Prior to the Confederations Cup 2009 and the World Cup 2010, no one really knew what vuvuzelas were; after the World Cup, everyone had formed an opinion on them. Some saw them as adding to the atmosphere; others saw them as noisy distractions that could be done without. Players were particularly critical of them, with Lionel Messi saying that vuvuzelas hampered player communication. Hate them or love them, vuvuzelas added to the charm of the World Cup in a unique way.
Lampard’s ghost goal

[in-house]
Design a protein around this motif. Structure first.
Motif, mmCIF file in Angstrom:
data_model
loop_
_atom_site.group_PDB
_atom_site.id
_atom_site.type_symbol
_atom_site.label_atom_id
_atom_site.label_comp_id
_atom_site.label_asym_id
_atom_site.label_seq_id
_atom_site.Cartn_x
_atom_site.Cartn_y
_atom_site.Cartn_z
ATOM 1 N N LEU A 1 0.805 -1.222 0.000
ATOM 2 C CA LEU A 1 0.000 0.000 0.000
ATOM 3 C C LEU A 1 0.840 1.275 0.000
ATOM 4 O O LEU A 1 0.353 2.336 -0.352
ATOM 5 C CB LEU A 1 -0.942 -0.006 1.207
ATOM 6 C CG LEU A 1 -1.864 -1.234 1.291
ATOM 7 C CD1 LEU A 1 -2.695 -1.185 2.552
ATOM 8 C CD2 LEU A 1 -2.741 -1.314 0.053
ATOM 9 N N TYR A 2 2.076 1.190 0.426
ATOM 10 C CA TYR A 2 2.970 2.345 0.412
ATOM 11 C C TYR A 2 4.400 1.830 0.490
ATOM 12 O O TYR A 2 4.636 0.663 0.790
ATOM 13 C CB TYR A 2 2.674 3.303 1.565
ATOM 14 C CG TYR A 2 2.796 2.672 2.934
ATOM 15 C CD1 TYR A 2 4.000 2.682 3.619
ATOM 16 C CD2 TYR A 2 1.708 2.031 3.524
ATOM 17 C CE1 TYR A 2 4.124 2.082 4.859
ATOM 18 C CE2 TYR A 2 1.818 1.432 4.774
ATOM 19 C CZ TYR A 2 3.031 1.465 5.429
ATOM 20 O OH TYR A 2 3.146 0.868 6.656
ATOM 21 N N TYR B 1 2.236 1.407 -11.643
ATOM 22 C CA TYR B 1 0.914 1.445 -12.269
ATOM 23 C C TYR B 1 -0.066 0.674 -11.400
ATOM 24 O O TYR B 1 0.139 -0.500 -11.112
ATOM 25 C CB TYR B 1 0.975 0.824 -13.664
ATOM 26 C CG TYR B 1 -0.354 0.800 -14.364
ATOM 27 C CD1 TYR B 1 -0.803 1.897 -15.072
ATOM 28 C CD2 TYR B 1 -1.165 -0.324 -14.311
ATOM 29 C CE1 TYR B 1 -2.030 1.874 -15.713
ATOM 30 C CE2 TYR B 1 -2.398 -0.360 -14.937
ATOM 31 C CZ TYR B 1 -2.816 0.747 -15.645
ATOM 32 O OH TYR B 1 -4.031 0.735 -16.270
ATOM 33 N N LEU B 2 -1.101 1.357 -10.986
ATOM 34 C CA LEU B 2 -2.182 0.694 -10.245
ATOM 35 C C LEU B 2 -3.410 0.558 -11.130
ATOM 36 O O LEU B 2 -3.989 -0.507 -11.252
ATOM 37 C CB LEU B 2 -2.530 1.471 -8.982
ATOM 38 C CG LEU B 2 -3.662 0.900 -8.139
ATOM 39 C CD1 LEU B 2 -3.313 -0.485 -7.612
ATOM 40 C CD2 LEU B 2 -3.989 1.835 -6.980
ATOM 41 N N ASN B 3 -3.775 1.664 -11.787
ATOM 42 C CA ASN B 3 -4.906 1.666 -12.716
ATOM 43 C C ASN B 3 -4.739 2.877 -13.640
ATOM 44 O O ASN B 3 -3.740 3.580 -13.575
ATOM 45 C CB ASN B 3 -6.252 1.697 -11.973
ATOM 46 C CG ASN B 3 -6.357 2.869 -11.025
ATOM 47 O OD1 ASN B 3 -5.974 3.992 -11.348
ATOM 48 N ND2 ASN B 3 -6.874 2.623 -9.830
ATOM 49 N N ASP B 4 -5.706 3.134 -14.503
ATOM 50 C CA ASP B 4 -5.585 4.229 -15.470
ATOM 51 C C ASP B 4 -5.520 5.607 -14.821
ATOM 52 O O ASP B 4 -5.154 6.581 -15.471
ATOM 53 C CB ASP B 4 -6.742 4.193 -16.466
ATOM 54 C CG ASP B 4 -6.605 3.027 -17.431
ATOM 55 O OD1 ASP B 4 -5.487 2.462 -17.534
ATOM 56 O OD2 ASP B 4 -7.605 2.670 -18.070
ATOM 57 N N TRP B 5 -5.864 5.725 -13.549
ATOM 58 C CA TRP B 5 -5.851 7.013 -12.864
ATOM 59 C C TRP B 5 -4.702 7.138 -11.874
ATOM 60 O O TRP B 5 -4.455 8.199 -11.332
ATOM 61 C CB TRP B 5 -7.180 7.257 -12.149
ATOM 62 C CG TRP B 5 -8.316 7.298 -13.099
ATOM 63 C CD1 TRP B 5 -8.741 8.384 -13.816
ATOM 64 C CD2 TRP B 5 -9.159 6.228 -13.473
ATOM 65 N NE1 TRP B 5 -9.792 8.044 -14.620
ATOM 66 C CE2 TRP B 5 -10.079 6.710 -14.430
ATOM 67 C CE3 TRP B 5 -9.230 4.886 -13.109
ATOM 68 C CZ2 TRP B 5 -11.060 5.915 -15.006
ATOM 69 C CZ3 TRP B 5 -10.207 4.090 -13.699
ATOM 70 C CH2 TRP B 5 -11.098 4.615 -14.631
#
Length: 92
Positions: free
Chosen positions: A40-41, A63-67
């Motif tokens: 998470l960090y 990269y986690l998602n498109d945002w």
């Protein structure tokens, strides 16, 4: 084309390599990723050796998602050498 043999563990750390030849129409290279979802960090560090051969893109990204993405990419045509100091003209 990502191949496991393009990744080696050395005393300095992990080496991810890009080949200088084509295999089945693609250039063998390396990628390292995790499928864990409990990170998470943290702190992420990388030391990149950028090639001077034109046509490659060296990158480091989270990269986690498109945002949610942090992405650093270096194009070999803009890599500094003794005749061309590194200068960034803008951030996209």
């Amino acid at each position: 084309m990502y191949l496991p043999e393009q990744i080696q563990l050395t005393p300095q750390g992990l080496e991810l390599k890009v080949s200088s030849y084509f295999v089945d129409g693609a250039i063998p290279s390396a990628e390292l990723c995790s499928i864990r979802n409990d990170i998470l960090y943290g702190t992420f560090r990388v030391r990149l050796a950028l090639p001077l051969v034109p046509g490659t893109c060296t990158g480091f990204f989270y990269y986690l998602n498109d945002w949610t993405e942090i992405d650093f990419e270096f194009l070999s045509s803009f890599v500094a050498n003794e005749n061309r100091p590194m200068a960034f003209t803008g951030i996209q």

England’s 2010 World Cup campaign came to a disappointing end in the Round of 16, where the Three Lions were dumped out by the old enemy Germany. The final result was 4-1, but the match is much more memorable for Frank Lampard’s ‘goal that wasn’t’. With the score at 2-1, England were losing but far from out, and Lampard tried a speculative effort that left the goalkeeper scrambling. The ball hit the underside of the bar, bounced down, before the goalkeeper scooped the ball away to safety. England players were aghast, replays showed that the ball had crossed the line – substantially so – but still, the referee deemed that the goal would not stand. England